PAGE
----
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Simple Linear Regression Analysis Using R Studio and How to Interpret It

In the real world, accurate decisions need to be based on a deep understanding of data. One tool for processing and elaborating data is simple linear regression analysis. Simple linear regression analysis allows us to read patterns among scattered data points. A correct understanding of regression analysis gives us the power to make more accurate decisions and minimize uncertainty.

By analyzing the relationship between dependent and independent variables, we can predict future trends and identify factors that most significantly influence outcomes. This article aims to provide a step-by-step tutorial on simple linear regression analysis using R Studio.

The goal of this article is to provide a strong understanding and ensure that you are able to apply simple linear regression analysis in the context of everyday decision-making. In addition, you can also perform simple linear regression analysis independently using R Studio.

Through this article, you are expected to understand the basic concepts of simple linear regression analysis and be able to implement the steps of regression analysis using R Studio. Furthermore, you will also be able to correctly and accurately interpret the results of the analysis in accordance with scientific principles.

Basic Concepts of Simple Linear Regression Analysis

Simple linear regression analysis is used to analyze the linear relationship between two variables. In this context, we have one dependent variable (which we want to predict) and one independent variable (used for prediction). For example, we can observe whether there is a relationship between the price of a product (X) and the number of product sales (Y). As an example, the data used for analysis in the case study in this article can be seen in the table below:

Based on the data collected, the following simple linear regression mathematical formula can be made:

Y = bo + b1X + e

Y = Dependent variable (number of product sales) measured in units

bo = Intercept

b1 = Coefficient estimate of variable X

X = Independent variable (product price) measured in USD

e = Error term

This formula creates a regression line that tries to minimize the sum of the squares of the differences between the actual values and the predicted values.

Tutorial on Simple Linear Regression Analysis in R Studio

In implementing simple linear regression analysis using R Studio, understanding the steps of installation, use of statistical packages, coding, and interpretation of output is crucial for researchers.

Before starting the analysis, researchers must have already installed R Studio on their computers. In addition, for those using R Studio for the first time, installation of some packages for simple linear regression analysis is necessary.

Install the necessary statistical packages using the command install.packages(“package_name”). For simple linear regression analysis, packages like lmtest and car need to be ensured. Make sure you have activated these packages using the command library(package_name).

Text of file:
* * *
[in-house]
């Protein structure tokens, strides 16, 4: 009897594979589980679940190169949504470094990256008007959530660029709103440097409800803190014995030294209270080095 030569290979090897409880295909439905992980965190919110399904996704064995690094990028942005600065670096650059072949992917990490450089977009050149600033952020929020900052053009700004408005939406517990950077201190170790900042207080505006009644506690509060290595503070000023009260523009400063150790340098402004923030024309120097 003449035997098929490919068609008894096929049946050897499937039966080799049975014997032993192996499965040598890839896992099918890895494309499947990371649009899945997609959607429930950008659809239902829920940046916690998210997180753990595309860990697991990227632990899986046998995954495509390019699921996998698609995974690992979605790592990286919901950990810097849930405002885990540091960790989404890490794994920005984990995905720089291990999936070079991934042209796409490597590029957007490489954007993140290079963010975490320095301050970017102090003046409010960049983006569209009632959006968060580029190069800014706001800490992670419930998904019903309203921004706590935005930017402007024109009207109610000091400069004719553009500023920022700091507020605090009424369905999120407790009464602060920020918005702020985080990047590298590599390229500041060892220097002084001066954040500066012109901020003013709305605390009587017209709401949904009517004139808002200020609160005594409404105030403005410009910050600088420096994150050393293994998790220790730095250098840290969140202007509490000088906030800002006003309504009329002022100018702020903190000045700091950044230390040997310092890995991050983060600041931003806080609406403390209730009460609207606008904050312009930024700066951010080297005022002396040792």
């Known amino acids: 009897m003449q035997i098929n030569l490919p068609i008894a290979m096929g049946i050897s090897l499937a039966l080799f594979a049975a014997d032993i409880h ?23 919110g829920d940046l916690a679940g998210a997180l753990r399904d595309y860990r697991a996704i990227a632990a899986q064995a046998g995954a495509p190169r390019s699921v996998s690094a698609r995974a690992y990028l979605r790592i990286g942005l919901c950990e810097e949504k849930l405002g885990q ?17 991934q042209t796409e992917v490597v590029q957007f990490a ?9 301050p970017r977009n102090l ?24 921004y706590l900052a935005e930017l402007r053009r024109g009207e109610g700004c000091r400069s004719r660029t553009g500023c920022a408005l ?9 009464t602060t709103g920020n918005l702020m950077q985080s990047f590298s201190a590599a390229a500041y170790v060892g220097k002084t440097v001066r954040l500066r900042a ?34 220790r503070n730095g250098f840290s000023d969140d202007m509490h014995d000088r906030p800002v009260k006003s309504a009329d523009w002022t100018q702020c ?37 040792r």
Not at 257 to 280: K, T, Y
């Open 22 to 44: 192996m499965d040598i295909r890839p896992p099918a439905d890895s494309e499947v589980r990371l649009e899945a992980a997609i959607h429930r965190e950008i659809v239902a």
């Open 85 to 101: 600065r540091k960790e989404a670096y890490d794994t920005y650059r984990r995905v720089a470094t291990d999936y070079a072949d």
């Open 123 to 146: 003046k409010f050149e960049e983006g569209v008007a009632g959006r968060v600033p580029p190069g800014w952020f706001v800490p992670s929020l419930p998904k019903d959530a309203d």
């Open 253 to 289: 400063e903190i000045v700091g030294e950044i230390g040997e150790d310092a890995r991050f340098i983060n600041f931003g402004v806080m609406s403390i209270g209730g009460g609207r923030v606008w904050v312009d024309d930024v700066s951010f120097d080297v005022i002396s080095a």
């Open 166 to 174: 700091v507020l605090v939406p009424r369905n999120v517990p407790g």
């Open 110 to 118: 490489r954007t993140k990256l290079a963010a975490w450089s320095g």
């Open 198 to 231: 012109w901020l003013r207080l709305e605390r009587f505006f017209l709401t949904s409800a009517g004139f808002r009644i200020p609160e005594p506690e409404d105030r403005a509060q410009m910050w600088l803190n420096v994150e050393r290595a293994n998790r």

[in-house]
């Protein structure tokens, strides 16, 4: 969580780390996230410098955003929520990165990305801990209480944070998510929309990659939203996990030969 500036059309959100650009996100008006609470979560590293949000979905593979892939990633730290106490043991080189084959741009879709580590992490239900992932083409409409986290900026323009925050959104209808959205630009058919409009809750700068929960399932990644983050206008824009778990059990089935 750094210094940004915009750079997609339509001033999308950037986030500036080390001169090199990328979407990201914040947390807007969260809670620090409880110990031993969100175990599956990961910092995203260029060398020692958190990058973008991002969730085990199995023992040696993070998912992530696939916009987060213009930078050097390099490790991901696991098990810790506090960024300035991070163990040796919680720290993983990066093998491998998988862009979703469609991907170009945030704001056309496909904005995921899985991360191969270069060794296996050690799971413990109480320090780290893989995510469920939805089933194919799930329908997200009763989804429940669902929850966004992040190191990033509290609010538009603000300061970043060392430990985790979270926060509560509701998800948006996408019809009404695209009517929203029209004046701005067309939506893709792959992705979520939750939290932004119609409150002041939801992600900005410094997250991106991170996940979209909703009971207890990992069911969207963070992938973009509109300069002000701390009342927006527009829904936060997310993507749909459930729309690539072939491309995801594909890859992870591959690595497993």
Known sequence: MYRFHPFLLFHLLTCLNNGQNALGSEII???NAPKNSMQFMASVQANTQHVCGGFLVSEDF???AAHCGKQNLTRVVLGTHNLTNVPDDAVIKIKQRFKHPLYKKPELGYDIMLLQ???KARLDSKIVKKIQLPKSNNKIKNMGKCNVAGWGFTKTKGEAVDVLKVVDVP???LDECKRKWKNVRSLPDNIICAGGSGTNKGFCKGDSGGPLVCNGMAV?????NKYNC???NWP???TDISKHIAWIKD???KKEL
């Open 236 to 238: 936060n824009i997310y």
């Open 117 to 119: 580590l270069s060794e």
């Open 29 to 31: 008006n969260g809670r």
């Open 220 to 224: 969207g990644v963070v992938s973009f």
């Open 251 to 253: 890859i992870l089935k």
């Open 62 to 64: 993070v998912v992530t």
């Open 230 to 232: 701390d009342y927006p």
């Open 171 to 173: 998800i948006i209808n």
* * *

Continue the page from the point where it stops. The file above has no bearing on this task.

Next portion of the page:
Next, we need to prepare the dataset used for simple linear regression analysis in R Studio. If you have previously entered data in Ms Excel, then you can import the data into R Studio. If the import of the dataset has been done, then the data display in the case study example above can be seen in the image below:

The next step is to create a command in R Studio. Use the lm() function to create a linear regression model. For example, model <- lm(y ~ x, data = dataset) where y is the dependent variable, x is the independent variable, and dataset is the data we use.

The final step, print a summary of the model using the command summary(model) to see outputs that include regression coefficients, p-value, and several other outputs in simple linear regression analysis in R Studio.

Interpreting Linear Regression Output

Based on the results of simple linear regression analysis using R Studio, the command and analysis output can be seen in the image below:

Based on the image above, the estimated linear regression equation is Y = 436.770 – 20.955X. The value of multiple R-squared: 0.845 indicates the percentage of variation in the dependent variable (Y) that can be explained by the independent variable (X). The adjusted R-squared shows the variation from R-squared adjusted for the number of predictors in the model and the number of samples.

The estimated coefficient of the product price variable (X) of -20.955 indicates the change in Y for each unit change in X. The p-value of the variable X is 0.000169, which is smaller than 0.05, indicating that the null hypothesis is rejected (accepting the alternative hypothesis). Thus, it can be concluded that the product price (X) significantly affects the number of product sales (Y).

The negative sign of the X variable coeffiecient, indicates that the product price has a negative impact on the number of product sales. This can be interpreted as an increase in product price is estimated to decrease the number of product sales. Conversely, a decrease in product price is estimated to increase the number of product sales.

Well, it is the article that Kanda Data can write on this occasion. Hopefully, it is beneficial and adds insight for us regarding the ways of regression analysis and interpreting the results in R Studio. Stay tuned for the next article updates from Kanda Data.

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